Headshot – GFF 2017

Festival CoverageGFF 2017

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Headshot, the latest film from Indonesian exports Timo Tjanto and Kimo Stamboel, is a rip-roaring action extravaganza and the true culmination of the directors’ passion for farce, black comedy, and action. Surprisingly the so-called Mo Brothers have remained relatively low-key, even though Headshot marks their third feature film. In their native Indonesia the directors don’t fare much better, with most of their flicks never seeing the light of a cinematic release.  

It may prove the price of tonal whiplash. 

From their debut Macabre, sophomore feature Killers, and now Headshot, Tjanto and Stamboel prove that they aren’t particularly invested in the horror genre. A good comparison might be Ben Wheatley, whose interest in macabre sensibilities (stark realism, gore, madness) doesn’t root him to horror as much as we might like.  The Mo Brothers simply tackle whatever stories they like, but don’t shy away from nastiness. Thier rendition of East Asia is a beautiful, colourful, but sweaty and potentially violent place where the troubled go full-crackpot and the good are a heartbeat from savagery. 

It appears Killers gave the duo a taste for action and Headshot answers that particular hunger pretty excellently. Its their most action-packed film to date, casually pulling out moments of off-beat cruelty and ferocious moments of violence. For anyone fond of their martial arts films, Headshot will look rough-around the edges. The camera work can be messy as Hell, obscuring the beats of some fight scenes, and sloppy timing gets in the way of mounting tension in some of the bigger fights. Even then, there’s still a lot of fun to be had watching Iko Uwais (Man of Thai Chi, The Raid films) channel Jason Bourne and kick the shit out of sadistic gang-bangers. Though, perhaps star-of-show goes to Sunny Pang, whose turn as the ruthless patriarch of a dirgy crime family marks yet another superb villain for the Mo Brothers and a charismatic break-out for the star.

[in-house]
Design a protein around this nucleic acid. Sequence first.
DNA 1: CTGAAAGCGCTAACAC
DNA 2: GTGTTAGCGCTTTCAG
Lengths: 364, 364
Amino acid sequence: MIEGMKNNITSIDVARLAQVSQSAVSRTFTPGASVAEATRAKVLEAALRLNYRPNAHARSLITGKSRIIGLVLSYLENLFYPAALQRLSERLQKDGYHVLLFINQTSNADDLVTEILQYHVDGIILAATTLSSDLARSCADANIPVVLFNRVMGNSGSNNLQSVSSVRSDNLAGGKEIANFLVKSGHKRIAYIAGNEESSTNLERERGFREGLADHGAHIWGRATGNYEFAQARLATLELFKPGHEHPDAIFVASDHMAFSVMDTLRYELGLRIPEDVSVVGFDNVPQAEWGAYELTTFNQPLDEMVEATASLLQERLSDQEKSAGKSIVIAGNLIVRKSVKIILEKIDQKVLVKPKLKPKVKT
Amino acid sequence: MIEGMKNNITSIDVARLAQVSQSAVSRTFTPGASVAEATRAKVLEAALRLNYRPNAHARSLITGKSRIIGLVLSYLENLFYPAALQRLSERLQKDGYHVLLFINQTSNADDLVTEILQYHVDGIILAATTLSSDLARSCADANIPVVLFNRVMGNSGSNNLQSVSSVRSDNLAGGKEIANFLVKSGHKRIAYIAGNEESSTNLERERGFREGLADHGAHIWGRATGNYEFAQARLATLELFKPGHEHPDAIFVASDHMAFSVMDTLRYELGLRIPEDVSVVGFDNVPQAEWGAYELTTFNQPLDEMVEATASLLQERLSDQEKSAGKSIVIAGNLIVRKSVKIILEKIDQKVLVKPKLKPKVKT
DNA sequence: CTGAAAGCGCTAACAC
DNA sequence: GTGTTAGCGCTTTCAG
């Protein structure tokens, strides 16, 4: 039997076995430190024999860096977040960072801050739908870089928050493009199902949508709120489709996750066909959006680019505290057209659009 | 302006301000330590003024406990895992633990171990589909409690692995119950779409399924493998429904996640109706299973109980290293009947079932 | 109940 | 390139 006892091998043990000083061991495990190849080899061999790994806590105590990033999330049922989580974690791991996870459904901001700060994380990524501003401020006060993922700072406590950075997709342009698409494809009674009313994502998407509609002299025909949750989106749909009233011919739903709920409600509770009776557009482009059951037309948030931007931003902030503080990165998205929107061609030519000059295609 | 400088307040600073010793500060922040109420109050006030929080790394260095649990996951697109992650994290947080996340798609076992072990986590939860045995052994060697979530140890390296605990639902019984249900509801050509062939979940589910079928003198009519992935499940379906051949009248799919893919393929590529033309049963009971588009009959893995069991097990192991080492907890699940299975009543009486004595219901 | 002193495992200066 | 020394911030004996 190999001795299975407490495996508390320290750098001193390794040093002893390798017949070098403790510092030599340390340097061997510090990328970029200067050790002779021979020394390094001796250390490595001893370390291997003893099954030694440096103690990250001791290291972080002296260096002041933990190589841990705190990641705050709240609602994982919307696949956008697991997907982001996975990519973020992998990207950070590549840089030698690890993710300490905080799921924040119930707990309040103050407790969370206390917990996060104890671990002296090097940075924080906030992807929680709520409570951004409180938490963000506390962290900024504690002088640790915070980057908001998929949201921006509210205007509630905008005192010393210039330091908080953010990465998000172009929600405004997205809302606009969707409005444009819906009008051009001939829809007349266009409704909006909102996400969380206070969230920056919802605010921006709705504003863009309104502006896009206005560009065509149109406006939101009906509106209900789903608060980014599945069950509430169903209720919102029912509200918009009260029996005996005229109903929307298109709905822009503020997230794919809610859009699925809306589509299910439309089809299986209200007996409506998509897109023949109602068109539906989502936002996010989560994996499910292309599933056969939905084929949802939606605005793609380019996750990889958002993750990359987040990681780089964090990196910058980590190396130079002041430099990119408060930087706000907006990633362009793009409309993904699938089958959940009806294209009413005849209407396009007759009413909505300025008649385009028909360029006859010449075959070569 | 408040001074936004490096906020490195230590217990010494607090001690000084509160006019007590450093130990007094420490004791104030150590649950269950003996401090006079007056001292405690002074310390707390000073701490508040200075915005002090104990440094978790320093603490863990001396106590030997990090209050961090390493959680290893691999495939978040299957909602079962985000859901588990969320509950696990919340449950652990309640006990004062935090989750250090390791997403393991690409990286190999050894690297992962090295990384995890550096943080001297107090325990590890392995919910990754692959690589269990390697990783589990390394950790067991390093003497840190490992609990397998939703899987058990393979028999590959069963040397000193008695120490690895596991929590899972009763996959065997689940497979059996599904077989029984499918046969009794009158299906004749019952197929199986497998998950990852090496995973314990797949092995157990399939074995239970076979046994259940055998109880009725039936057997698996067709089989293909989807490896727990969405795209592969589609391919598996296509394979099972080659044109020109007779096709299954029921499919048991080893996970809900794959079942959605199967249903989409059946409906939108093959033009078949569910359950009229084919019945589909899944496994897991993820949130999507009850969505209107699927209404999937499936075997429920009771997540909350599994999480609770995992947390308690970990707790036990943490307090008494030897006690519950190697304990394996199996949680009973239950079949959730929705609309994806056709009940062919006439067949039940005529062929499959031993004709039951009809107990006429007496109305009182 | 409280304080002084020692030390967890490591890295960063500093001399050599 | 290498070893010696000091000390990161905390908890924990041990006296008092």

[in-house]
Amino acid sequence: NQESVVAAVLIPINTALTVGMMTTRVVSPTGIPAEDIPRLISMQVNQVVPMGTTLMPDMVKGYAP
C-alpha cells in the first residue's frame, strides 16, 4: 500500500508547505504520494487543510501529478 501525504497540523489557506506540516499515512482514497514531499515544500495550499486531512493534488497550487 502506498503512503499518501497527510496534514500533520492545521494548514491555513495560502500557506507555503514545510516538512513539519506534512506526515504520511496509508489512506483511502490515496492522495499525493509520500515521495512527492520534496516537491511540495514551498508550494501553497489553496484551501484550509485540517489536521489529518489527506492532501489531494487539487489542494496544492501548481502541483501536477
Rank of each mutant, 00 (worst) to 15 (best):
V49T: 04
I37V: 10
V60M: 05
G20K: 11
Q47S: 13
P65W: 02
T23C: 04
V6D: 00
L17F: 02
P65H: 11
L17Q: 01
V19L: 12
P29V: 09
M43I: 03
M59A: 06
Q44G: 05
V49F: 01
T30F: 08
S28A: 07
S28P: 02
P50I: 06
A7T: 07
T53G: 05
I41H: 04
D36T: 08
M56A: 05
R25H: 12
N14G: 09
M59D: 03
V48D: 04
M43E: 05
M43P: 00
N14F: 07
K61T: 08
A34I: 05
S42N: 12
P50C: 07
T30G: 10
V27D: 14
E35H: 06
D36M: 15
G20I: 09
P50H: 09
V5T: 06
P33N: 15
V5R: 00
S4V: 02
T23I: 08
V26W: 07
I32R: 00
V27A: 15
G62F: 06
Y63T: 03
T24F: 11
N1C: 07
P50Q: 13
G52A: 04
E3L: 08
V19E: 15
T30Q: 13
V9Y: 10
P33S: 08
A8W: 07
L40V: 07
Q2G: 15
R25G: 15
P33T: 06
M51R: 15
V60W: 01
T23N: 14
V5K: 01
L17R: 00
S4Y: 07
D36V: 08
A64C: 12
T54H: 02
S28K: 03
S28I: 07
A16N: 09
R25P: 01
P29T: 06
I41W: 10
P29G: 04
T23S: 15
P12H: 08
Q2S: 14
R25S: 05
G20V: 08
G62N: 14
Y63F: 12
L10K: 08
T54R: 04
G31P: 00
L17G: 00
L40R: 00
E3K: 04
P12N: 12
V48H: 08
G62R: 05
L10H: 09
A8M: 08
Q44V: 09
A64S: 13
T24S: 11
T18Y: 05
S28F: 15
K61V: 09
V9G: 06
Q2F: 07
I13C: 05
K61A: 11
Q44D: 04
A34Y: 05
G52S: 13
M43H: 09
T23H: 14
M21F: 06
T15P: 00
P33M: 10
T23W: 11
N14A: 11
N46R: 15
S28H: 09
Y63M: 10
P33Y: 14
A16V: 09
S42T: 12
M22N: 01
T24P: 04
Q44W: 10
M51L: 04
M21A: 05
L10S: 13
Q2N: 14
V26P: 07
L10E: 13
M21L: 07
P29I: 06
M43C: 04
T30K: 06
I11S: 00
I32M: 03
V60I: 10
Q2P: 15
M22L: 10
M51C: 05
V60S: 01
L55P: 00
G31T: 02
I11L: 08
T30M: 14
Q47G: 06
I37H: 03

Due to issues with the action sequences, Headshot falters. If you’ve seen The Bourne Ultimatum or Unleashed then you’ve seen the basic building blocks of this hyper-violent crime thriller. It’s still a thing of intertest though, exhibiting The Mo Brothers’ tastes for gritty violence, brutal gore, and dark moments of comedy. This is fun, but after impressively concise thrillers like Killers and Macabre, Headshot’s deranged action rampage is missing some focus and depth. 


Scott Clark 


Dir. Timo Tjanto and Kimo Stamboel 

Stars. Iko Uwais, Chelsea Islan, Sunny Pang, Julie Estelle 


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